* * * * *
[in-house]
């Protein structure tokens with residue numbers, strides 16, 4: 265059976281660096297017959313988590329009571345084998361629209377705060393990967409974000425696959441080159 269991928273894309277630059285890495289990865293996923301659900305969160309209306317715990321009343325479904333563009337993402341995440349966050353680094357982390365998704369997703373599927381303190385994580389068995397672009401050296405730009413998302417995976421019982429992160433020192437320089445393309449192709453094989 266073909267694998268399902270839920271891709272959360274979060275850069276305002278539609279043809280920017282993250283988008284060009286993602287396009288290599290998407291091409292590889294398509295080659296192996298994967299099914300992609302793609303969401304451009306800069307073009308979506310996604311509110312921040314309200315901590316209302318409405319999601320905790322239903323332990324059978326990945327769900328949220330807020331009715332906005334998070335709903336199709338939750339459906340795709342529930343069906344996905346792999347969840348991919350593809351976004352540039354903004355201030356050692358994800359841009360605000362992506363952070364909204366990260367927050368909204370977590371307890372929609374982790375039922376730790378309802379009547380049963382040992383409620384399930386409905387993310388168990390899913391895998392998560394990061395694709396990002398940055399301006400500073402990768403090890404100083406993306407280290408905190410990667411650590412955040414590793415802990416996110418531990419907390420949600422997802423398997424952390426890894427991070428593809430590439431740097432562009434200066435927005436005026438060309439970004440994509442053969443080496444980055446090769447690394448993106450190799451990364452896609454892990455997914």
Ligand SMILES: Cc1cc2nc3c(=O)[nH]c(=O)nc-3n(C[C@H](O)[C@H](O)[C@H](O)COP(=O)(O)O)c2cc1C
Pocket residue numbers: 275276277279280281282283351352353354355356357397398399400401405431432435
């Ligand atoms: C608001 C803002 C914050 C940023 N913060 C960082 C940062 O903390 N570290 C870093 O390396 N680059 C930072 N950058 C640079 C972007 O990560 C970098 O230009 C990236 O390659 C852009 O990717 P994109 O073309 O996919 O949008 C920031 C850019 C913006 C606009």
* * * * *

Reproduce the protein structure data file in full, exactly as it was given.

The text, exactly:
[in-house]
């Protein structure tokens with residue numbers, strides 16, 4: 265059976281660096297017959313988590329009571345084998361629209377705060393990967409974000425696959441080159 269991928273894309277630059285890495289990865293996923301659900305969160309209306317715990321009343325479904333563009337993402341995440349966050353680094357982390365998704369997703373599927381303190385994580389068995397672009401050296405730009413998302417995976421019982429992160433020192437320089445393309449192709453094989 266073909267694998268399902270839920271891709272959360274979060275850069276305002278539609279043809280920017282993250283988008284060009286993602287396009288290599290998407291091409292590889294398509295080659296192996298994967299099914300992609302793609303969401304451009306800069307073009308979506310996604311509110312921040314309200315901590316209302318409405319999601320905790322239903323332990324059978326990945327769900328949220330807020331009715332906005334998070335709903336199709338939750339459906340795709342529930343069906344996905346792999347969840348991919350593809351976004352540039354903004355201030356050692358994800359841009360605000362992506363952070364909204366990260367927050368909204370977590371307890372929609374982790375039922376730790378309802379009547380049963382040992383409620384399930386409905387993310388168990390899913391895998392998560394990061395694709396990002398940055399301006400500073402990768403090890404100083406993306407280290408905190410990667411650590412955040414590793415802990416996110418531990419907390420949600422997802423398997424952390426890894427991070428593809430590439431740097432562009434200066435927005436005026438060309439970004440994509442053969443080496444980055446090769447690394448993106450190799451990364452896609454892990455997914």
Ligand SMILES: Cc1cc2nc3c(=O)[nH]c(=O)nc-3n(C[C@H](O)[C@H](O)[C@H](O)COP(=O)(O)O)c2cc1C
Pocket residue numbers: 275276277279280281282283351352353354355356357397398399400401405431432435
């Ligand atoms: C608001 C803002 C914050 C940023 N913060 C960082 C940062 O903390 N570290 C870093 O390396 N680059 C930072 N950058 C640079 C972007 O990560 C970098 O230009 C990236 O390659 C852009 O990717 P994109 O073309 O996919 O949008 C920031 C850019 C913006 C606009």